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This article was published 19/5/2018 (893 days ago), so information in it may no longer be current.
According to an article in the Globe and Mail, the three most dangerous jobs in Canada are logger, fisheries worker and airplane pilot. You can now add "voice actor" to the list of daredevils.
Christy Fabbri is the founder of She Speaks Studios, a home-based production company that has worked with such starry clients as Marriott, Panasonic and Xerox. A few months ago, Fabbri, a married mother of three, was recording a voice-over for a children’s app, a portion of which required her to mimic an eight-year-old girl.
Figuring her best approach would be to "sound nasally," she plugged her nose with her thumb and index finger. Except while doing so, she held her nostrils so tightly she ended up pushing her nose ring through her skin and into her nasal cavity, where it became lodged.
"I actually spent the night in the ER, and almost had to have surgery to get the ring removed," she says with a chuckle. "The hazards of voice-overs: who knew?"
Fabbri caught the acting bug when she was a student at Springs Christian Academy. Following Grade 12, she took a two-year hairstyling course at Scientific Marvel Beauty School, balancing her studies with a job as a puppeteer for a kids’ TV show.
In 2008, she was cutting a customer’s hair when the person in her chair asked if she had ever considered going into radio, as the station she worked for was looking for on-air talent.
Although she had zero experience in radio, she arranged for an interview and to her surprise, landed the position.
It was during her tenure at CHVN, where she worked as an announcer from 2007 to 2014, that she began learning the ins and outs of the voice-over industry. One of her tasks was to record spots for companies advertising on the Christian music radio station, and because that often required her to use her acting chops, it quickly became one of her favourite aspects of the job.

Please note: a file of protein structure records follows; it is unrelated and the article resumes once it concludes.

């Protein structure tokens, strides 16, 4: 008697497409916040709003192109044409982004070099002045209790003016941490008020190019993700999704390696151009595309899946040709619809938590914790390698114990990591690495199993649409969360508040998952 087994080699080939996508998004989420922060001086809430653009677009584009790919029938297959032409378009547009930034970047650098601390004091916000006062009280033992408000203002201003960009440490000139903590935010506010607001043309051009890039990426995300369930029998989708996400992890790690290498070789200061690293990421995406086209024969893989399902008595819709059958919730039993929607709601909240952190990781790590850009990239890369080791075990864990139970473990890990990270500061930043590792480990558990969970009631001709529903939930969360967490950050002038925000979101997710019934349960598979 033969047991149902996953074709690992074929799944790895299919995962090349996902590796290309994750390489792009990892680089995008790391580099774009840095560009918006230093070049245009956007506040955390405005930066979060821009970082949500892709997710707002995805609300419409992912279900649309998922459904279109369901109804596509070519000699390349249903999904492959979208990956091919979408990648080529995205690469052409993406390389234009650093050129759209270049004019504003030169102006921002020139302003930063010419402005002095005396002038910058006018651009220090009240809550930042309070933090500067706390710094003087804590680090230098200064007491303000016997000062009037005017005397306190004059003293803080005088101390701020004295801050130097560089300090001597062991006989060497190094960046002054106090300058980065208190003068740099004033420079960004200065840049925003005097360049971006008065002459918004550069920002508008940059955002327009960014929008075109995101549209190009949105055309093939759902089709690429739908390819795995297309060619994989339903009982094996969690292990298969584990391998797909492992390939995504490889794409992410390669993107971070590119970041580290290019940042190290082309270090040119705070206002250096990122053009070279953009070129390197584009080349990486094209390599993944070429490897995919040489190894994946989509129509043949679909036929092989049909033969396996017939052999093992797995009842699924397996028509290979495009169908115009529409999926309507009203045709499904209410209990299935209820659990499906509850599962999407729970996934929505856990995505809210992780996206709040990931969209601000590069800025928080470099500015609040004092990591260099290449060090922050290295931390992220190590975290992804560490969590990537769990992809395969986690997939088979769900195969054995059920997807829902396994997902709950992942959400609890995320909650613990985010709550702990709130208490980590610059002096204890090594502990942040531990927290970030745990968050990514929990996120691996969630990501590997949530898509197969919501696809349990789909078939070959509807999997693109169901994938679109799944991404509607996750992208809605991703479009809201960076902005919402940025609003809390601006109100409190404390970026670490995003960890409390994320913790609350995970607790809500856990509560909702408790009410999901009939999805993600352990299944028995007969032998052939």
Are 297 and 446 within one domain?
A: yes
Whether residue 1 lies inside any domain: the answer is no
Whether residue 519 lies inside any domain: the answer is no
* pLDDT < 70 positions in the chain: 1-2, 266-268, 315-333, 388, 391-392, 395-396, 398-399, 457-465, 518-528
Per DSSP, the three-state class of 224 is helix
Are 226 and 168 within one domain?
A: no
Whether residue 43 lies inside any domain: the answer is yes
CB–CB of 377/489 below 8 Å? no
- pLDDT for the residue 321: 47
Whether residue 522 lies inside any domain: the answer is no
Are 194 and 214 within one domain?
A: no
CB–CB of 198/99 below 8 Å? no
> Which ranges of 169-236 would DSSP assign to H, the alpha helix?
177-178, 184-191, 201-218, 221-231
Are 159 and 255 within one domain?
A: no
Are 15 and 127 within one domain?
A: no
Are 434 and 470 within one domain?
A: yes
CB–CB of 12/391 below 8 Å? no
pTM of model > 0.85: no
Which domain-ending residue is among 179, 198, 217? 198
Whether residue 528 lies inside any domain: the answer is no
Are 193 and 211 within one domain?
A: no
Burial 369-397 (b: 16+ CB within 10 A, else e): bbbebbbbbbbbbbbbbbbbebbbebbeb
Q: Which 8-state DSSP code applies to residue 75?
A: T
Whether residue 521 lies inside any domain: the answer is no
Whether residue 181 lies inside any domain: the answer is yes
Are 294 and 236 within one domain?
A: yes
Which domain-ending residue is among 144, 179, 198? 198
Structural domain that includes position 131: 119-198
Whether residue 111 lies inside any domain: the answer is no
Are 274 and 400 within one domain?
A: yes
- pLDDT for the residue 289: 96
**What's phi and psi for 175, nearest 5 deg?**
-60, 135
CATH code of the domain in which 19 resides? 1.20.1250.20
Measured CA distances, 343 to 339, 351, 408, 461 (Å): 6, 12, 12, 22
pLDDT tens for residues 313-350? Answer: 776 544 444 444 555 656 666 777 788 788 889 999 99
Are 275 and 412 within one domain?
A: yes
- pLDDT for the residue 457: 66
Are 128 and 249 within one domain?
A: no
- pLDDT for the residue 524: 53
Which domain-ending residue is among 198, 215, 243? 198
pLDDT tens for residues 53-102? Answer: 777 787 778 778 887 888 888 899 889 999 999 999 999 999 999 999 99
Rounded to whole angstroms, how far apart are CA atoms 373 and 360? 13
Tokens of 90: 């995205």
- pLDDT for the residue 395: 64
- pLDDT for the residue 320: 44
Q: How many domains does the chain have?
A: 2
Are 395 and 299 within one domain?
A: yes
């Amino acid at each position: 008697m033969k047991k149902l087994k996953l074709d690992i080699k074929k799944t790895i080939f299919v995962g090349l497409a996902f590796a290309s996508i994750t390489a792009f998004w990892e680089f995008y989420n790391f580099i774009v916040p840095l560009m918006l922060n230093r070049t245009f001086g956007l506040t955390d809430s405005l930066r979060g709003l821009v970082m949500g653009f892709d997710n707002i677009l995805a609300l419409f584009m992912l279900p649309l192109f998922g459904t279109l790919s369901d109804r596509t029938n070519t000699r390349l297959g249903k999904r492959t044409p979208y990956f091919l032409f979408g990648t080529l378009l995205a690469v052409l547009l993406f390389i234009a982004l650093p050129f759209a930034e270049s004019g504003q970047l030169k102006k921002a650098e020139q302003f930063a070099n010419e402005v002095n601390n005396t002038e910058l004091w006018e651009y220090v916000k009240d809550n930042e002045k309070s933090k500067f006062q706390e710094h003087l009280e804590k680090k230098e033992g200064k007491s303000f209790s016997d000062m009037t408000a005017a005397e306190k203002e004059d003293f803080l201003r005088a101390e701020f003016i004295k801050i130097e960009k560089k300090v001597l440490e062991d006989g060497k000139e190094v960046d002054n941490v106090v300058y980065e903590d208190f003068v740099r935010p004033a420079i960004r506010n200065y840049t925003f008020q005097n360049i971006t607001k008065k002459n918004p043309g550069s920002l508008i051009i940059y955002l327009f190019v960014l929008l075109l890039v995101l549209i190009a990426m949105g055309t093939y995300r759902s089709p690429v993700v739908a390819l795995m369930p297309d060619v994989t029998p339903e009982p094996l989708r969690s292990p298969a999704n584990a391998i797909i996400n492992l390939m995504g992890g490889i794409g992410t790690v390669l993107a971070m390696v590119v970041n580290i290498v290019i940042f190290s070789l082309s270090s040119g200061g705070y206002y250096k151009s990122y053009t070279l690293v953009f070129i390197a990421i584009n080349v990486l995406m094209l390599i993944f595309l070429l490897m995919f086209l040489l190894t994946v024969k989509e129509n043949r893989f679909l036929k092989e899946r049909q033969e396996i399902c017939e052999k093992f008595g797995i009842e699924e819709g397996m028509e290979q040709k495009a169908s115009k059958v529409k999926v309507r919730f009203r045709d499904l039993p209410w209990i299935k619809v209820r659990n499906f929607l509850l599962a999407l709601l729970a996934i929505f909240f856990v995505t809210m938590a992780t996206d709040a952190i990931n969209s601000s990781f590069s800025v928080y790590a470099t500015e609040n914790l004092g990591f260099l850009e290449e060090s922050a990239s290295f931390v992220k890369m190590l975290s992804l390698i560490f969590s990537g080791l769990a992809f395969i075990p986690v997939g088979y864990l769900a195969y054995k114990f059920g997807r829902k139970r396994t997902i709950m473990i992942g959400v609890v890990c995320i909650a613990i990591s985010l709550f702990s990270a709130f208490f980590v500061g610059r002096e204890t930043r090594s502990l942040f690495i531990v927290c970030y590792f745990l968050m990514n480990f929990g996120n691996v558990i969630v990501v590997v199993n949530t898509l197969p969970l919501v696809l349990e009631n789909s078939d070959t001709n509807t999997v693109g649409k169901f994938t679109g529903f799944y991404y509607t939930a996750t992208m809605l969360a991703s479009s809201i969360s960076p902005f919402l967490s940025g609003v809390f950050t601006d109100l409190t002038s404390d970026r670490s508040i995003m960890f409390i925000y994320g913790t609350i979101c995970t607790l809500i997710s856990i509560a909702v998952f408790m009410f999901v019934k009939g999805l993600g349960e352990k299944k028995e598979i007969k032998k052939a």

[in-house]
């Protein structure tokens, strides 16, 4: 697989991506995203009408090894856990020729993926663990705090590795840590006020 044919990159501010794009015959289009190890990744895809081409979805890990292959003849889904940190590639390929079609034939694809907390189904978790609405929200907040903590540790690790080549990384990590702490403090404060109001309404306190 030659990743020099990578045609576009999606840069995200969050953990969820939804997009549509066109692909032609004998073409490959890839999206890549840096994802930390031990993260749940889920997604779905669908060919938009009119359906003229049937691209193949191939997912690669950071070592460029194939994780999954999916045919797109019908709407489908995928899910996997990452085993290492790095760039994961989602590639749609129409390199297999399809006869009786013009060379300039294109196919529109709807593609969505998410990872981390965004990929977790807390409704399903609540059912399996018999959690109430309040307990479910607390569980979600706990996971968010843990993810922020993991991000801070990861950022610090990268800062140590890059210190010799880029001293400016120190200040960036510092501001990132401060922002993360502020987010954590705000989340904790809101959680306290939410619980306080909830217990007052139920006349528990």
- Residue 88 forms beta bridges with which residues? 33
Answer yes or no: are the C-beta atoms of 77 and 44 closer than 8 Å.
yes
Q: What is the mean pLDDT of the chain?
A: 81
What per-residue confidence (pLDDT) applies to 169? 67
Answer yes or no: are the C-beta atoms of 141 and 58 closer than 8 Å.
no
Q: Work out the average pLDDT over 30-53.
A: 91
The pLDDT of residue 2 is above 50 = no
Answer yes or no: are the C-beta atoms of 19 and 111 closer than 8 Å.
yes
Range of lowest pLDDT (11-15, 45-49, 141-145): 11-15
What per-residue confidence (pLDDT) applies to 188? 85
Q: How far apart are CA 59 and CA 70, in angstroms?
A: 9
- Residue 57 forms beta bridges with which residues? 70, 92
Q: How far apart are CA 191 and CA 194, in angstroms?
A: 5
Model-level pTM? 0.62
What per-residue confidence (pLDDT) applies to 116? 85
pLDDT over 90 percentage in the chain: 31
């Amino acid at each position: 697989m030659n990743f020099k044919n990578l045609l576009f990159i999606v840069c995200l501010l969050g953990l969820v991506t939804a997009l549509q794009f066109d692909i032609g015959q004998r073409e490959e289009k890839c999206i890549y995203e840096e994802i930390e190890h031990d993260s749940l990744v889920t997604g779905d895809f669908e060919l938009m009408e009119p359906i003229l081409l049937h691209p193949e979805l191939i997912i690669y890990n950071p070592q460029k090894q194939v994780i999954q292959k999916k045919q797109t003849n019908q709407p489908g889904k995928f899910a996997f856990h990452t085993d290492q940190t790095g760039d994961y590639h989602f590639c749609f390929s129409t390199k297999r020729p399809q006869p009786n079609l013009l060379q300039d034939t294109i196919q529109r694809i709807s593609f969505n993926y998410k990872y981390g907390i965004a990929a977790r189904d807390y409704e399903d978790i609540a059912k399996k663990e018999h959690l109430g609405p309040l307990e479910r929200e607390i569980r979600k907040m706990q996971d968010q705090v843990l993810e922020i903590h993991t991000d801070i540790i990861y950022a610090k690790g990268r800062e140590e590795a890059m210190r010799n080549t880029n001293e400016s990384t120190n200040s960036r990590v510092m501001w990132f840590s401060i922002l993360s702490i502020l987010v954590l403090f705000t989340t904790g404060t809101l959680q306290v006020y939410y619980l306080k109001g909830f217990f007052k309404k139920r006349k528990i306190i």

In 2010, while she was on maternity leave with her and her husband Matt’s first child, she began doing voice-over work on a freelance basis, for everything from commercials to corporate videos to answering services.
In 2012, a few months after she gave birth to their second daughter, she was involved in a serious car accident that kept her off work for a full year.
While she was recuperating, she thought to herself how fleeting life was, and wouldn’t it be wonderful if she could simply stay home with her children, instead of having to rush off to work first thing every morning for the next however many years.
"It was just before Christmas 2014 when I told Matt, ‘You know what? I think it’s time.’ By then I’d also had two miscarriages, which really helped put everything in perspective, so I gave my notice at the radio station and a month later, was sitting in my home office saying, ‘OK, here we go.’"
Originally, Fabbri figured if she earned in the neighbourhood of $600 a month doing voice work, she and her husband would be able to make ends meet. Imagine how pleased she was, then, when she successfully auditioned for a 15-second Walmart blurb that played in movie theatres all over the continent and paid so much she was able to treat her entire family to a Disneyworld vacation.